After taking antibiotics for 10 days, Joffe was fine, but the experience left her with more than a scarred toe. “I still get pedicures, but I now bring my own tools and watch what they’re doing very carefully,” she says. “I had no idea you could get so sick from a pedicure.”
Most of us aren’t aware of the potentially ugly side of manicures, pedicures, Botox injections, haircuts, or waxing. “We assume that if a salon is operating it must be safe, but that’s not true,” says Shelley Sekula-Gibbs, MD, a clinical assistant professor of dermatology at Baylor College of Medicine, who has studied salon infections and salon safety. “There’s lots to worry about, including poorly trained technicians and dirty or illegal instruments.”
Each state has its own rules for salon safety, but even those with the strictest standards, like California and Texas, can’t scrutinize the businesses as carefully as they’d like. “Each of our 18 inspectors is responsible for 3,500 to 4,000 shops, which means most salons get inspected only about once every six yearsunless we get a complaint,” says James Jacobs, a supervising inspector with the California Bureau of Barbering and Cosmetology. “About 75% of the salons we inspect have violations. Sometimes they’re minor, like a nail file being re-used when it should have been tossed. But lots of times they’re real health hazards, like filthy foot spas.”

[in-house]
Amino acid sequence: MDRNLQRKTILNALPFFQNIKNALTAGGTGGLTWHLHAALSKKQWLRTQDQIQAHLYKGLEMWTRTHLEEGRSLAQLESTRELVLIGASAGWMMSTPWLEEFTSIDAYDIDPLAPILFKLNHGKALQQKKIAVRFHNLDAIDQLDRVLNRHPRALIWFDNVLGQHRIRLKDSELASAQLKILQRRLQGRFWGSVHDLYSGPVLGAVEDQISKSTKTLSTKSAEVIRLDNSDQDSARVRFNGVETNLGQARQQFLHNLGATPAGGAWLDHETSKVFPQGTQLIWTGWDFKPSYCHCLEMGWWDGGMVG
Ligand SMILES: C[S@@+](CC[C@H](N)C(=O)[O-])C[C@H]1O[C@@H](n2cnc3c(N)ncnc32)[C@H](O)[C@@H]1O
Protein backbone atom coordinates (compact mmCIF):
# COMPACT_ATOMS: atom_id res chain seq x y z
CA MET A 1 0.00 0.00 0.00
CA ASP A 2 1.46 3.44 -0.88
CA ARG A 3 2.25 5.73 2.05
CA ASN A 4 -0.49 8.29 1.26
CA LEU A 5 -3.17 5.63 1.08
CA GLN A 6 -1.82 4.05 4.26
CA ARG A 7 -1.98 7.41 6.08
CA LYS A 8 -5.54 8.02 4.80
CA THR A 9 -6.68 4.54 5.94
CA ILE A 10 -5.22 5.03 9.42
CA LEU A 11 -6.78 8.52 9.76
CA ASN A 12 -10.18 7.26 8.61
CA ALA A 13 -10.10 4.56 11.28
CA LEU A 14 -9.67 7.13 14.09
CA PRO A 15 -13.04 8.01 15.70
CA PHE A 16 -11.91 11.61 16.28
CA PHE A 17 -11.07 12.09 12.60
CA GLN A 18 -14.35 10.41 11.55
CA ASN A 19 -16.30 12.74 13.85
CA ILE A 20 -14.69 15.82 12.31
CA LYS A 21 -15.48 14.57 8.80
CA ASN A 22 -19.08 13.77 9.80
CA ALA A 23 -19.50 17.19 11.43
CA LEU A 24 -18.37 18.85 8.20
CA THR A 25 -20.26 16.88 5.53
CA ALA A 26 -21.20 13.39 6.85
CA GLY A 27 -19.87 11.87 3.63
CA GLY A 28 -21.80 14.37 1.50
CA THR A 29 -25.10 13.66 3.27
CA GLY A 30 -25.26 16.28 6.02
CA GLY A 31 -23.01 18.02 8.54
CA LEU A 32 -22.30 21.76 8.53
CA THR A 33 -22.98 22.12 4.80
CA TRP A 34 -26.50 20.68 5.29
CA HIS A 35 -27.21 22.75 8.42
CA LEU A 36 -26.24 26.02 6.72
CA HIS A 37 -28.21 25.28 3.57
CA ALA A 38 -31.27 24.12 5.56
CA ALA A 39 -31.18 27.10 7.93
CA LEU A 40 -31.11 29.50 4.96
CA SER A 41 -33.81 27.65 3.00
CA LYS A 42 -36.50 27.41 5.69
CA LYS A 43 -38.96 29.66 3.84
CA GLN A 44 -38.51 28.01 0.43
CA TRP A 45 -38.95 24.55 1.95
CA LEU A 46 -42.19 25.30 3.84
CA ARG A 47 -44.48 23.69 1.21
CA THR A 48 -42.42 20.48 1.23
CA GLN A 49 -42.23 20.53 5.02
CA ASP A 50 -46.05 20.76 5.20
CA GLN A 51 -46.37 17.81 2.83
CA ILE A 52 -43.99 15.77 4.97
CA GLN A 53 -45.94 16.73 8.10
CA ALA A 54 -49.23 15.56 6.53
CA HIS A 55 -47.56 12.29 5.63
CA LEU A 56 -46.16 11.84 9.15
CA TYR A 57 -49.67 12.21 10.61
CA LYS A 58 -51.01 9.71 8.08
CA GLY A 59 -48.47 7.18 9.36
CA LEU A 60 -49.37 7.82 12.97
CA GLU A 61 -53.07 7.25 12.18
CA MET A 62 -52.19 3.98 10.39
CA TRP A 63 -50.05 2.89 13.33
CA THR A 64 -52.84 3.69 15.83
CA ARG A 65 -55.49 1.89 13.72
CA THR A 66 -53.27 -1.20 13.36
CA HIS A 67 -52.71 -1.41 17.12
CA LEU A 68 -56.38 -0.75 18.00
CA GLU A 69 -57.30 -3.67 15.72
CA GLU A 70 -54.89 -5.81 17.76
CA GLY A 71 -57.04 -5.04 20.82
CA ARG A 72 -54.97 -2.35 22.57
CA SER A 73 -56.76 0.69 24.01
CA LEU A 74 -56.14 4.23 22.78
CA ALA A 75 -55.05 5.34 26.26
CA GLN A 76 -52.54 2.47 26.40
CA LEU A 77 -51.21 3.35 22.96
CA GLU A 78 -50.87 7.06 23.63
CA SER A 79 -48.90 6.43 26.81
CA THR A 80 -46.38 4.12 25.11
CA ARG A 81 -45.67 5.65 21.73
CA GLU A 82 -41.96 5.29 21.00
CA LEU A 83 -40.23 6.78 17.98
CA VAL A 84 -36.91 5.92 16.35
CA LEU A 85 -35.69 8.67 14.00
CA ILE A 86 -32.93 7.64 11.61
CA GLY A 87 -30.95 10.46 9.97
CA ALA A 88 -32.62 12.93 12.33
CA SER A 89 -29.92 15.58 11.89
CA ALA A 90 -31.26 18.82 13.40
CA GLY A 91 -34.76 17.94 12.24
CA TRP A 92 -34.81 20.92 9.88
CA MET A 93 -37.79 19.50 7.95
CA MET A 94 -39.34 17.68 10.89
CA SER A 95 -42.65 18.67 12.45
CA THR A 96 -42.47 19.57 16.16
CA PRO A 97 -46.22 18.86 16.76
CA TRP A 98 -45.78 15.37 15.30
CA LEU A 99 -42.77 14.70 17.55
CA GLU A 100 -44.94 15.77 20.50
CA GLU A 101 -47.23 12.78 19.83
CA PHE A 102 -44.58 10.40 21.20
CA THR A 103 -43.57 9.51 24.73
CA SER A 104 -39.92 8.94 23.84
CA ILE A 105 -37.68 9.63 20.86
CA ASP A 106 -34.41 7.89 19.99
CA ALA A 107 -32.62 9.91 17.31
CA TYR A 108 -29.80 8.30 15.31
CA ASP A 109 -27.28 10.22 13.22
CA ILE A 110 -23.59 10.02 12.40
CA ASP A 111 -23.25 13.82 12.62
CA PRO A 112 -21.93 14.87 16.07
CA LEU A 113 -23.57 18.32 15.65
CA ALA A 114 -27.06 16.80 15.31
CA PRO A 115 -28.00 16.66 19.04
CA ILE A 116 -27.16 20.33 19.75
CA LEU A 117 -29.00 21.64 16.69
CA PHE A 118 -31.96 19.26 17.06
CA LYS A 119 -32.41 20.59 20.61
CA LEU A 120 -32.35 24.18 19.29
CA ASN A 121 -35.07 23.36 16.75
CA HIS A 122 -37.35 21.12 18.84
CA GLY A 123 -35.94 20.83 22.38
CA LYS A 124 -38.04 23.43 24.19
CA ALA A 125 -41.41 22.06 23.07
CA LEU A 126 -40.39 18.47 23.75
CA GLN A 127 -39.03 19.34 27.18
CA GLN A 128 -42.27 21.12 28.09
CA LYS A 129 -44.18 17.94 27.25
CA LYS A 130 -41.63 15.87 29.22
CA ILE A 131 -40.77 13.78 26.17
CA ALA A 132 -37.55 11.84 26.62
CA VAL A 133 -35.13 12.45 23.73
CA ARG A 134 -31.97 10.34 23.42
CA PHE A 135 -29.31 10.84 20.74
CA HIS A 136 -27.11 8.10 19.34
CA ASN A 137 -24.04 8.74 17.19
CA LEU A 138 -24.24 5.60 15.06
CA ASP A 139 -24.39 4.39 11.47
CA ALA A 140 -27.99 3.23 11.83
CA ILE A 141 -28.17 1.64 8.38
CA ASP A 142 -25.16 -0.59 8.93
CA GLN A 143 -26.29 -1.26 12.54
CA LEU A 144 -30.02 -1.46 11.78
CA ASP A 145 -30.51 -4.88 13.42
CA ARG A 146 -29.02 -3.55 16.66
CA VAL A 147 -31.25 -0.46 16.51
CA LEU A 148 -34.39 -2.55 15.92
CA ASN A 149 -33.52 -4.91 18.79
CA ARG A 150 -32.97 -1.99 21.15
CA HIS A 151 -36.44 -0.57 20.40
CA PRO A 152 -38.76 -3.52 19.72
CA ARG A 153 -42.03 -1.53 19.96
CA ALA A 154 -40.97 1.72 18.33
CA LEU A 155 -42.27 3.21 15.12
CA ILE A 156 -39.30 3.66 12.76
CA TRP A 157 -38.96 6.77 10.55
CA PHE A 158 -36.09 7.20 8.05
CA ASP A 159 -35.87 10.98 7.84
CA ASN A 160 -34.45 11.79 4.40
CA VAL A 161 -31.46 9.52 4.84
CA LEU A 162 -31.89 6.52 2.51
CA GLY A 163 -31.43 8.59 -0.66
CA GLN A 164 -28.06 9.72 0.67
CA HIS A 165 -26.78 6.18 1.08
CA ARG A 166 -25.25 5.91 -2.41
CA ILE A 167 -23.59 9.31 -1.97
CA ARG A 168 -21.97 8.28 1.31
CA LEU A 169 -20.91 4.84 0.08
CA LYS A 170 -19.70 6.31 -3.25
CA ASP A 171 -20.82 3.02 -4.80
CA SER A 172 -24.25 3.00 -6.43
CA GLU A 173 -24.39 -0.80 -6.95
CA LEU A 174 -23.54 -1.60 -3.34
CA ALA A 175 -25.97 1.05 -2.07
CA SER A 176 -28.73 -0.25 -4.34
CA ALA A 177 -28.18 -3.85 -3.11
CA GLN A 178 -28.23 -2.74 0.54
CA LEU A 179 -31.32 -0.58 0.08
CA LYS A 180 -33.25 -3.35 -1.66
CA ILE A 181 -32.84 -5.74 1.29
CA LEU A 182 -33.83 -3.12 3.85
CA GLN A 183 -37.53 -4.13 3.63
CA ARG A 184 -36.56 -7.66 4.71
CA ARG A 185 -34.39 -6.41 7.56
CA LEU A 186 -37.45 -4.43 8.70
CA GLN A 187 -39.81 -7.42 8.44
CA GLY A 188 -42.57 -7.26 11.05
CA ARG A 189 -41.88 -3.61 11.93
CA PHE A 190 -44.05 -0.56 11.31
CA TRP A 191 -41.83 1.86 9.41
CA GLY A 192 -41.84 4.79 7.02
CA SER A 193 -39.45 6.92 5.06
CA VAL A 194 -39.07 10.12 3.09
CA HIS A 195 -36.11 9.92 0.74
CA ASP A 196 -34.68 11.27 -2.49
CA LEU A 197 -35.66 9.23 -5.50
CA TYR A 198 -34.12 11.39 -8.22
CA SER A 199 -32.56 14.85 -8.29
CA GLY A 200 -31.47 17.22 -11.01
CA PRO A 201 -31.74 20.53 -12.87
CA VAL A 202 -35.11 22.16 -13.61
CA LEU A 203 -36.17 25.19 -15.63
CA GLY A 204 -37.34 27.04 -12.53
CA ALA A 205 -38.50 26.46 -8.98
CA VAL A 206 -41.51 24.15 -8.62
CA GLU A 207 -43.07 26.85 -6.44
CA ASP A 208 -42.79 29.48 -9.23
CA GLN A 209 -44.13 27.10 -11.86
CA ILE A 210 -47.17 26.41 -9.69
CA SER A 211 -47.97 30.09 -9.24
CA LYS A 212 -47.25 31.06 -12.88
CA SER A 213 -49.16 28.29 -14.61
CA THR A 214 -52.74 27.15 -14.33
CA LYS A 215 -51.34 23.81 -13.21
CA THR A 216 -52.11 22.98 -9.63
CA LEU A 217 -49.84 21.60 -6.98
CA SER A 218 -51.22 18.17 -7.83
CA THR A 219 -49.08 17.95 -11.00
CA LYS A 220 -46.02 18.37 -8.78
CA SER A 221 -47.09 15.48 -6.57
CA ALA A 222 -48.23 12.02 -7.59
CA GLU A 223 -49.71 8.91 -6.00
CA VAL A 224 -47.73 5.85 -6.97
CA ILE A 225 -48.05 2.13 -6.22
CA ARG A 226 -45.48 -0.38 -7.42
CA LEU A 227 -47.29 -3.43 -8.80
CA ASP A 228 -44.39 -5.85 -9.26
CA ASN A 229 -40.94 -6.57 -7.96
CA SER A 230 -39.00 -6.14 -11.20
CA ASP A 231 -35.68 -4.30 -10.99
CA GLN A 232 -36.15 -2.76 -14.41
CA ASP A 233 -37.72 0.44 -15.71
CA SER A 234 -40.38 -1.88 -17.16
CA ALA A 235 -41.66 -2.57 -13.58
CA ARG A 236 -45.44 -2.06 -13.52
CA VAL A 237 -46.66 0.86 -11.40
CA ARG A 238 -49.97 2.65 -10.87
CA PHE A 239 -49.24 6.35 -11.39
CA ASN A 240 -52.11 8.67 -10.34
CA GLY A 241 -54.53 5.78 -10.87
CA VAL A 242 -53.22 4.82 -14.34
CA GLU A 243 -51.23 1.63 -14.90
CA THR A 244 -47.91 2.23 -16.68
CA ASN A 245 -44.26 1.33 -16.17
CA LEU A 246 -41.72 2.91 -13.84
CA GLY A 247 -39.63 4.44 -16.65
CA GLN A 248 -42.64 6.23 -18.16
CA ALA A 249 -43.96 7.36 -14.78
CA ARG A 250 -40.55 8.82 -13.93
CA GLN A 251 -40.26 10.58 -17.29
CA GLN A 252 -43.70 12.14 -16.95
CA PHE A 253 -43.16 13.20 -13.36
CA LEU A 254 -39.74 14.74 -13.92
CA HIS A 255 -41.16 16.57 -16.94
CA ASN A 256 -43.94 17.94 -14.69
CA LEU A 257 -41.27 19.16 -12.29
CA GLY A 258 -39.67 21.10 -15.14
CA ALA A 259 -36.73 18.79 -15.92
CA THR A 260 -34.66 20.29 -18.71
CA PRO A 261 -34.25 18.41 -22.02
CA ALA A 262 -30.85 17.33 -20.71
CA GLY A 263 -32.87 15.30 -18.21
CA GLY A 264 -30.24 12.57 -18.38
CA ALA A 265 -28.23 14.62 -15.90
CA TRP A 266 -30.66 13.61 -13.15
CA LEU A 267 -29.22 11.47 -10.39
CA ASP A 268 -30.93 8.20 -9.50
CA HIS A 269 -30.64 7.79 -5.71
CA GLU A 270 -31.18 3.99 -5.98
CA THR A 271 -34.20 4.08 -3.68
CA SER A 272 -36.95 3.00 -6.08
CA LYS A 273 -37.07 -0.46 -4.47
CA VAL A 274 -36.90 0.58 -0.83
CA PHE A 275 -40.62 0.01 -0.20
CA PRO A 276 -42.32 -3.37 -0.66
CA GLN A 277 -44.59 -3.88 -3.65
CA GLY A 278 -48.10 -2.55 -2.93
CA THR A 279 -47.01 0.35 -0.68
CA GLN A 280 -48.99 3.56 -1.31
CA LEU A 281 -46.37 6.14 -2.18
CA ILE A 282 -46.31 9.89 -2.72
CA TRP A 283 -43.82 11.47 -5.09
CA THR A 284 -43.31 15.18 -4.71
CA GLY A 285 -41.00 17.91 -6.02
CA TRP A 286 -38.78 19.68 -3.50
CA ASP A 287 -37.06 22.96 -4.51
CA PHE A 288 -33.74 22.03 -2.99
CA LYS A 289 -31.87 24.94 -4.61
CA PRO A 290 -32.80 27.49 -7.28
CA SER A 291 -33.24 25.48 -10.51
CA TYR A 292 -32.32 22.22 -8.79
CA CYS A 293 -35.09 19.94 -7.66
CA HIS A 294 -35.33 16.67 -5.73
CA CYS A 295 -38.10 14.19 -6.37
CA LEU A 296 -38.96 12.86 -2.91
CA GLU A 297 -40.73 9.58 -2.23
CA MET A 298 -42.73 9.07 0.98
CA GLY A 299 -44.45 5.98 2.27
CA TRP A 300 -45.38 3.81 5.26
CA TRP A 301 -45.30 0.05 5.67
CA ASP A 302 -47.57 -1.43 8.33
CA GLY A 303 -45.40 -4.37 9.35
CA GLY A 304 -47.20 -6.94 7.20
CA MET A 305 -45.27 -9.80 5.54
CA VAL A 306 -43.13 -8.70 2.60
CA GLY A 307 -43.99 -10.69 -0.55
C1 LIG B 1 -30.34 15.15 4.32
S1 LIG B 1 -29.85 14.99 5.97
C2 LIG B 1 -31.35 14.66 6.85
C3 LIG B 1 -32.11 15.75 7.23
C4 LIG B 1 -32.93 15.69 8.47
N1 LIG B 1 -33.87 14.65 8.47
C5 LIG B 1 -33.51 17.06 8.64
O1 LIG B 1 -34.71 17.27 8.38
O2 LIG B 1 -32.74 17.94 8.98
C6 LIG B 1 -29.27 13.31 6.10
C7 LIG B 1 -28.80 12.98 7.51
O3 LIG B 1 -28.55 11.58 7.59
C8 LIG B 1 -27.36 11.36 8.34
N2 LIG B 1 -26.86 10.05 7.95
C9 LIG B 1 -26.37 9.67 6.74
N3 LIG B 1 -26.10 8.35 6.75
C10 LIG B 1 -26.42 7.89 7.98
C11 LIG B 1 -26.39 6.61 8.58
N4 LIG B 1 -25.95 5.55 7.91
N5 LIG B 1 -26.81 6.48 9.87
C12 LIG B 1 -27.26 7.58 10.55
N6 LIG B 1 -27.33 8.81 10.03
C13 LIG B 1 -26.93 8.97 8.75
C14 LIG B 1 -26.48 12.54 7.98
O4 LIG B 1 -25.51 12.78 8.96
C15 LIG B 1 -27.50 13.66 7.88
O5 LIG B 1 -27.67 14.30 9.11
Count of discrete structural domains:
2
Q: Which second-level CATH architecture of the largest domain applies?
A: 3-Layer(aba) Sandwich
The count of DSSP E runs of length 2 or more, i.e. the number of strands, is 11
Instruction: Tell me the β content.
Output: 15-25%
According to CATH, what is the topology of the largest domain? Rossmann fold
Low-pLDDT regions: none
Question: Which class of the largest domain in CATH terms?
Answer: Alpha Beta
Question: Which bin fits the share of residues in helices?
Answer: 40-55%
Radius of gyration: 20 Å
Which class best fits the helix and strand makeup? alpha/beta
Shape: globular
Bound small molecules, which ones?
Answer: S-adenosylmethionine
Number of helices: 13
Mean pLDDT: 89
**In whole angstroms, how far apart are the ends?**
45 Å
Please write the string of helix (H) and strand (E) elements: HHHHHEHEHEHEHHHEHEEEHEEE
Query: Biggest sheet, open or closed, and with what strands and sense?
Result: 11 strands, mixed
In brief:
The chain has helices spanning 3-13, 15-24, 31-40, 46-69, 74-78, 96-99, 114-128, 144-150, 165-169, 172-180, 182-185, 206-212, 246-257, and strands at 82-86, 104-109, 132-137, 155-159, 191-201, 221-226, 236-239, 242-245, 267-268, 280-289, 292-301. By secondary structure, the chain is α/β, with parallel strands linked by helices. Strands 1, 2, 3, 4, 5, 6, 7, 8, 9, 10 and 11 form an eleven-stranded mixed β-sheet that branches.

That’s bad news because, like hospitals, salons can harbor dangerous infection-causing bacteria and viruses, including methicillin-resistant Staphylococcus aureus (MRSA) and hepatitis B. That means it really is buyer beware, and the onus is on you to protect yourself. Here’s how to make sure all your beauty treatments are totally safe.